The United States is experiencing a nursing shortage that is many years in the making. Hospitals are short-staffed, and the communities that they serve are suffering as a result. Some hospitals report that they are one bad car accident away from complete overload.
This is a problem with deadly consequences. In this article, we examine what is causing the nursing shortage, and what can be done to help fix it.
Last fall, a charge nurse working in Washington phoned 911. The situation? Not an unruly patient. Not even a specific emergency. Just a general state of desperation. The hospital was full. The emergency room didn’t have enough people on staff to take care of the patients already admitted, let alone the 45 others waiting to be processed in.
The dispatcher listened carefully and eventually sent over an ambulance with qualified EMTs to help with patient care and processing.
Dramatic though the situation may sound, it’s far from being an isolated incident. Nurses all over the country responded to the incident in droves, reporting similar situations in their own places of work. Long patient wait times. Floors staffed with only five or fewer nurses. Ambulances back up six hours or more.
It’s a disastrous situation for nurses, but it is also dangerous for the communities that they serve.
While many feel that this issue began with Covid, it actually predates the pandemic. For years, experts have been raising the red flag. Nurses were quickly aging out of the profession. Not nearly enough people were coming up to replace them.
But why? Why is it so hard to get and keep nurses? Below, we explore some of the many reasons that the nursing profession is experiencing such radical turnover numbers.
Hospitals don’t keep normal business hours. Sick people need attention around the clock, which means nights, weekends, and holidays are always on the table for a working nurse. Unfortunately, there is nothing to be done to solve this particular hardship of the job.
However, the worse nursing shortages get, the harder this predicament becomes. A well-staffed hospital can make sure that its nurses rotate evenly on weekend and holiday shifts. That means that any one nurse might only work a single Saturday each month. This doesn’t fix the issue entirely, but it can do a lot to boost morale.
When hospitals are short-staffed, nurses find that they have little to no say in how they are scheduled. This can lead to higher turnover rates, which in turn makes schedules even harder to arrange fairly.
Nursing hours are also complicated by their overall length. Hospital shifts tend to be twelve hours long. This is done because it makes scheduling easier from an administrative perspective. Instead of scheduling three shifts every day, administrators can just do two.
Fine for them. Not so good for the nurse, or for the patients that they serve. Studies show that the average person can only put forth about four hours of sustained concentration throughout the day. That doesn’t literally mean that the other eight hours are for naught. It does mean that the nurse’s performance will most likely go downhill well before their shift is over.
Hospitals can make things a little bit easier on their staff by shifting to an eight-hour schedule.
Emotionally Draining Work
Nurses routinely see things that the average person never even needs to think about. Not only are they experiencing all forms of human suffering, but they also routinely deal with patients who don’t recover at all.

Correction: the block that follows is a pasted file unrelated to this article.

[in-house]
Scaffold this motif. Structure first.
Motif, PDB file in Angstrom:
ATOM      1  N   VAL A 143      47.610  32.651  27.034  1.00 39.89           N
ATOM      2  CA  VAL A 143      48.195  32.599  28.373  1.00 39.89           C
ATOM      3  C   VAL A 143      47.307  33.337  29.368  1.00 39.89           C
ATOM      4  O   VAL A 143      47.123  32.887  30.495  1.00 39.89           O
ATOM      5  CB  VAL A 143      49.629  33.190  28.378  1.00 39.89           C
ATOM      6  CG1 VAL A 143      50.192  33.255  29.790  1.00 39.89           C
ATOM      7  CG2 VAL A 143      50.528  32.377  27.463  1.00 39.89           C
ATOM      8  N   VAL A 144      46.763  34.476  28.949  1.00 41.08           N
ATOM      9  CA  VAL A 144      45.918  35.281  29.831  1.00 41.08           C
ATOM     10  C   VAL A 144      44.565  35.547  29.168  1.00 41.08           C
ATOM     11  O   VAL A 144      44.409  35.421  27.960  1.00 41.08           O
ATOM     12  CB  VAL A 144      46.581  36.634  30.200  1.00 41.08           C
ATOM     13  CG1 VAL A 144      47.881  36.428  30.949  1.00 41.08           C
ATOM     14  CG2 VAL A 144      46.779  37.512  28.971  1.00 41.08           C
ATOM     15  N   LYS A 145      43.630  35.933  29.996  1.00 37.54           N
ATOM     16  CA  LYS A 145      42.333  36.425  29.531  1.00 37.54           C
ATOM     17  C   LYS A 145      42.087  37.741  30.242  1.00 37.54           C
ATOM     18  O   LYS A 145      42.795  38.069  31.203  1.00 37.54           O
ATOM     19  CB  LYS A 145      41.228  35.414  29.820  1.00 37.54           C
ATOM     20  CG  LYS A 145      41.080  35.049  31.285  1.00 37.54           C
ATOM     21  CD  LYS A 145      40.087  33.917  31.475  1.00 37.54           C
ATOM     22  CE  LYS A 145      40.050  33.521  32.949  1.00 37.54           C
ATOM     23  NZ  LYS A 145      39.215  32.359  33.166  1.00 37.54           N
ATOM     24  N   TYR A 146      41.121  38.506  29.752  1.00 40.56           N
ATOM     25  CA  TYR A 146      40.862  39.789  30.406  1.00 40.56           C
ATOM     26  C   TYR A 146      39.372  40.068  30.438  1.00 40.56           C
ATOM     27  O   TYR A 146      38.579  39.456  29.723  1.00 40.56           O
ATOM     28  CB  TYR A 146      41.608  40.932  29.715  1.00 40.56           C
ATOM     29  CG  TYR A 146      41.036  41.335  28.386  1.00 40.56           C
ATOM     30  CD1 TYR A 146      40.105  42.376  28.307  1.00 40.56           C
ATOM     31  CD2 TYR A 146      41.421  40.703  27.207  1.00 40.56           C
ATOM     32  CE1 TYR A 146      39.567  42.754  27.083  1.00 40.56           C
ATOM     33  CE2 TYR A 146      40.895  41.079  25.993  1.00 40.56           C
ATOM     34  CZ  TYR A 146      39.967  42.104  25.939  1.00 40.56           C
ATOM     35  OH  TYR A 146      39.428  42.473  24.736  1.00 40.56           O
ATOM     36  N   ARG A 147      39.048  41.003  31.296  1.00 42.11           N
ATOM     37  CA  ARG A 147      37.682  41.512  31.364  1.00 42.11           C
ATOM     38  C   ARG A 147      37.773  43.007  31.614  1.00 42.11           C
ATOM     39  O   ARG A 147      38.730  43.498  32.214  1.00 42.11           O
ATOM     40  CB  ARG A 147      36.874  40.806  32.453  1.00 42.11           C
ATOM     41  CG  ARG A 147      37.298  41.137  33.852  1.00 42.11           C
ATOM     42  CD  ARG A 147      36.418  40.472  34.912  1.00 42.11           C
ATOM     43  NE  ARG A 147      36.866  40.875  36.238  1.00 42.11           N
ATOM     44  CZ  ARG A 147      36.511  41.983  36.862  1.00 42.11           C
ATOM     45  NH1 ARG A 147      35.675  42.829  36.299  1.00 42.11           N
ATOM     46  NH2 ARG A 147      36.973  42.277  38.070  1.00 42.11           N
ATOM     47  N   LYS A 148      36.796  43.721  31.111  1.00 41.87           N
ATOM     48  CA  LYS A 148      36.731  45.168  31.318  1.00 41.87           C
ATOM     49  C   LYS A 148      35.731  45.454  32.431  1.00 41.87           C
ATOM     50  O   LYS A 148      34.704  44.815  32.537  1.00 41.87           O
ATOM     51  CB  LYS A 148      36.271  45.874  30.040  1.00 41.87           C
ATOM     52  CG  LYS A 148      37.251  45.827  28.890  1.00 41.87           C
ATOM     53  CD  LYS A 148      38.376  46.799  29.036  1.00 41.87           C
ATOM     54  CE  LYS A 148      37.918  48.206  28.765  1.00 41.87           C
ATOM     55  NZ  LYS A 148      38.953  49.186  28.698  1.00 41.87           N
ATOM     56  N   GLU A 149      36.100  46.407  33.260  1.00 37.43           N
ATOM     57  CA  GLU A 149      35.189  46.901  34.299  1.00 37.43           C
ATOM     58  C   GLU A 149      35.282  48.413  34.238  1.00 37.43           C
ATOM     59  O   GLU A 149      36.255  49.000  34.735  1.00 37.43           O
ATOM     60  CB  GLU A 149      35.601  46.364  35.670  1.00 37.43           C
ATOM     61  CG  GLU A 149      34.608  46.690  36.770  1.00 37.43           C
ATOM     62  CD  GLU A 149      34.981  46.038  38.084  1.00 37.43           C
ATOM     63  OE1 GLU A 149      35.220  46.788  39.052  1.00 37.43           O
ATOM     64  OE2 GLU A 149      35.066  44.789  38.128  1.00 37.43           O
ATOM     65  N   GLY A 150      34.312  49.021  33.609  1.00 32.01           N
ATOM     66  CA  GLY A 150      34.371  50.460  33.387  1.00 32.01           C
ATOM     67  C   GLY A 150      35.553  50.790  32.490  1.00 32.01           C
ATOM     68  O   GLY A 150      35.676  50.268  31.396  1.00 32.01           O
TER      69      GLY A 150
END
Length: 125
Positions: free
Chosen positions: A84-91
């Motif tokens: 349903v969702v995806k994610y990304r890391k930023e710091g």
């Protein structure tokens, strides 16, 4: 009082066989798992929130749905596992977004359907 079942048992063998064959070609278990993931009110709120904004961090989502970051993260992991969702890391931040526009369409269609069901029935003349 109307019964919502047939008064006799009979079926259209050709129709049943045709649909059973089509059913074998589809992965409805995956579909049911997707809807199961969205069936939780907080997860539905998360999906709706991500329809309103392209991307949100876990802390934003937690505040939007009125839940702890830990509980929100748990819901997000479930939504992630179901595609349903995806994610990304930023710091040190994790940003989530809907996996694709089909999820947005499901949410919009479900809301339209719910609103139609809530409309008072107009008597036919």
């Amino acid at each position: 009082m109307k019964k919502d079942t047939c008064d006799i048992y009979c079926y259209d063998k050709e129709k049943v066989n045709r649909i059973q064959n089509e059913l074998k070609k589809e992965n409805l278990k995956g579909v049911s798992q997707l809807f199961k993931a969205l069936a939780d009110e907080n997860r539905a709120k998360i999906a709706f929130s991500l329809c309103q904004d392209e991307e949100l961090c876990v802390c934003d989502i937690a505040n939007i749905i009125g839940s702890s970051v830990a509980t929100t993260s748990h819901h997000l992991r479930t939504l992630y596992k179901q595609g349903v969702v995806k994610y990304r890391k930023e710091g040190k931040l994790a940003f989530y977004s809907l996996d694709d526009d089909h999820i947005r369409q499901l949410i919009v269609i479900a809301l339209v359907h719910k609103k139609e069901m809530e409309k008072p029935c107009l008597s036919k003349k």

Eventually, many nurses experience what is called “compassion fatigue.” Essentially, the experience of feeling emotionally burnt out at work. They see so much suffering and pain that it becomes difficult to empathize with it. This is a troubling experience that can lead to diminished professional performance, and eventually, the desire to seek different work.
Turnover begets more turnover. As with any business, hospitals tend to lose employees in groups. There are several reasons for this. For one thing, workers often feel inspired to leave at the same time their friends do. Professional friendships consistently poll as being more important than compensation for people who are seeking new jobs.
Turnover also puts a lot more pressure on everyone else. Hospitals can’t afford to be short-staffed. When they must, they will overschedule an employee to make sure that the needs of the floor are being covered.
Work enough weekends and holidays, and eventually, a person will want to start looking for a less demanding job.
It’s important to point out that nursing positions typically make slightly more than the national average. There are caveats. For example, nurses working at non-profit hospitals may make significantly less than others in the profession.
Overall, however, with a median salary of $67 thousand a year, it wouldn’t be fair to say that they are underpaid. It is fair to say that they aren’t maximizing their earning potential.
Many bedside nurses find that they can make more money by changing lanes. It’s not at all uncommon for RNs to find that they can make a better living in the cosmetic medical field, administering botox or hair removal procedures. The work isn’t as impactful, but it is significantly easier.
Unfortunately, there is no single solution that can take care of the nursing shortage. Robust scholarship and outreach opportunities may help bring in nurses of the future. It will, however, take a large cultural shift to keep them in the profession long enough to make a difference.
Nursing, like so many other professions, is being taken to task. Workers want to know that their mental and emotional health is being taken into consideration when they show up for work. If hospitals can do this, it may be an enormous step forward when it comes to boosting retention.